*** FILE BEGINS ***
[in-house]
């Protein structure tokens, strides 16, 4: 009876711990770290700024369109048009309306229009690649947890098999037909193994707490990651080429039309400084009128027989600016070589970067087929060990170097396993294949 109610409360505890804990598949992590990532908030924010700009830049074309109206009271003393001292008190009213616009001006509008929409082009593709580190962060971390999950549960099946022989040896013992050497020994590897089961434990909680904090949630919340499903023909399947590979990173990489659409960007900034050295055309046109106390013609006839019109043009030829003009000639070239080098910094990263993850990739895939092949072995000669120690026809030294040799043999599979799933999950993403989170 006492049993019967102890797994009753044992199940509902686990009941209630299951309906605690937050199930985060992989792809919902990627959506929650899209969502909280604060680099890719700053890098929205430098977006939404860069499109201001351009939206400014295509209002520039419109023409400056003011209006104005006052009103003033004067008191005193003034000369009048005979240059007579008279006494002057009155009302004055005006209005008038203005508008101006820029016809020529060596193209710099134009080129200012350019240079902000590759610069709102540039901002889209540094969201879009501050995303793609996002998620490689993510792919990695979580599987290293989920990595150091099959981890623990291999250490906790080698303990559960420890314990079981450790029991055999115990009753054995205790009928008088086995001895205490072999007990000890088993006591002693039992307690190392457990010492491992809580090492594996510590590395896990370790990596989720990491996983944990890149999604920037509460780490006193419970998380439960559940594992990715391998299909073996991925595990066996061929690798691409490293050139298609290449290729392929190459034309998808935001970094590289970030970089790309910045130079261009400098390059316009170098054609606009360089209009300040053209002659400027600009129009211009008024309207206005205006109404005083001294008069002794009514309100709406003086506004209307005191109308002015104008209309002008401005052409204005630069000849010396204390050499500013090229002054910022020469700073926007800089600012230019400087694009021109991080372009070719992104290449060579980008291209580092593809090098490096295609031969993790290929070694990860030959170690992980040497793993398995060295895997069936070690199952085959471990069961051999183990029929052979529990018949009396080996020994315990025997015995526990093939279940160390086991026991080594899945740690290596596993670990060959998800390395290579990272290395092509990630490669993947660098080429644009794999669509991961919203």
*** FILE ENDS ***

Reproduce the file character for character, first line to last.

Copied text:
[in-house]
């Protein structure tokens, strides 16, 4: 009876711990770290700024369109048009309306229009690649947890098999037909193994707490990651080429039309400084009128027989600016070589970067087929060990170097396993294949 109610409360505890804990598949992590990532908030924010700009830049074309109206009271003393001292008190009213616009001006509008929409082009593709580190962060971390999950549960099946022989040896013992050497020994590897089961434990909680904090949630919340499903023909399947590979990173990489659409960007900034050295055309046109106390013609006839019109043009030829003009000639070239080098910094990263993850990739895939092949072995000669120690026809030294040799043999599979799933999950993403989170 006492049993019967102890797994009753044992199940509902686990009941209630299951309906605690937050199930985060992989792809919902990627959506929650899209969502909280604060680099890719700053890098929205430098977006939404860069499109201001351009939206400014295509209002520039419109023409400056003011209006104005006052009103003033004067008191005193003034000369009048005979240059007579008279006494002057009155009302004055005006209005008038203005508008101006820029016809020529060596193209710099134009080129200012350019240079902000590759610069709102540039901002889209540094969201879009501050995303793609996002998620490689993510792919990695979580599987290293989920990595150091099959981890623990291999250490906790080698303990559960420890314990079981450790029991055999115990009753054995205790009928008088086995001895205490072999007990000890088993006591002693039992307690190392457990010492491992809580090492594996510590590395896990370790990596989720990491996983944990890149999604920037509460780490006193419970998380439960559940594992990715391998299909073996991925595990066996061929690798691409490293050139298609290449290729392929190459034309998808935001970094590289970030970089790309910045130079261009400098390059316009170098054609606009360089209009300040053209002659400027600009129009211009008024309207206005205006109404005083001294008069002794009514309100709406003086506004209307005191109308002015104008209309002008401005052409204005630069000849010396204390050499500013090229002054910022020469700073926007800089600012230019400087694009021109991080372009070719992104290449060579980008291209580092593809090098490096295609031969993790290929070694990860030959170690992980040497793993398995060295895997069936070690199952085959471990069961051999183990029929052979529990018949009396080996020994315990025997015995526990093939279940160390086991026991080594899945740690290596596993670990060959998800390395290579990272290395092509990630490669993947660098080429644009794999669509991961919203």